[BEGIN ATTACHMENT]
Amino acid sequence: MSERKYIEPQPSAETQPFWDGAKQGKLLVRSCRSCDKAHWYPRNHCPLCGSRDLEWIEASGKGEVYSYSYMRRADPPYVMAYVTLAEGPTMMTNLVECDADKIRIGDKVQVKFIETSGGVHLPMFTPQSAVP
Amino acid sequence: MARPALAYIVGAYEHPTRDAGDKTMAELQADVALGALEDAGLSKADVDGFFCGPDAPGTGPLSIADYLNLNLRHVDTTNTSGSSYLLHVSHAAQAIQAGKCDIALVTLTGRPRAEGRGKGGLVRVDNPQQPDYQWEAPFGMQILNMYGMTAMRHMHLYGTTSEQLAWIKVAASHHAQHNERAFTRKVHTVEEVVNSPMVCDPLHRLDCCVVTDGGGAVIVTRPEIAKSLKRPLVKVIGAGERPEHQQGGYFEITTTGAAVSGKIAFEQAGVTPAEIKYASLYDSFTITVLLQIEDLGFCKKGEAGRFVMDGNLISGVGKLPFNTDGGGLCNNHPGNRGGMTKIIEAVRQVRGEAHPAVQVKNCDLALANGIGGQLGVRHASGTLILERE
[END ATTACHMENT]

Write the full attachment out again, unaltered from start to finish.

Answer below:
Amino acid sequence: MSERKYIEPQPSAETQPFWDGAKQGKLLVRSCRSCDKAHWYPRNHCPLCGSRDLEWIEASGKGEVYSYSYMRRADPPYVMAYVTLAEGPTMMTNLVECDADKIRIGDKVQVKFIETSGGVHLPMFTPQSAVP
Amino acid sequence: MARPALAYIVGAYEHPTRDAGDKTMAELQADVALGALEDAGLSKADVDGFFCGPDAPGTGPLSIADYLNLNLRHVDTTNTSGSSYLLHVSHAAQAIQAGKCDIALVTLTGRPRAEGRGKGGLVRVDNPQQPDYQWEAPFGMQILNMYGMTAMRHMHLYGTTSEQLAWIKVAASHHAQHNERAFTRKVHTVEEVVNSPMVCDPLHRLDCCVVTDGGGAVIVTRPEIAKSLKRPLVKVIGAGERPEHQQGGYFEITTTGAAVSGKIAFEQAGVTPAEIKYASLYDSFTITVLLQIEDLGFCKKGEAGRFVMDGNLISGVGKLPFNTDGGGLCNNHPGNRGGMTKIIEAVRQVRGEAHPAVQVKNCDLALANGIGGQLGVRHASGTLILERE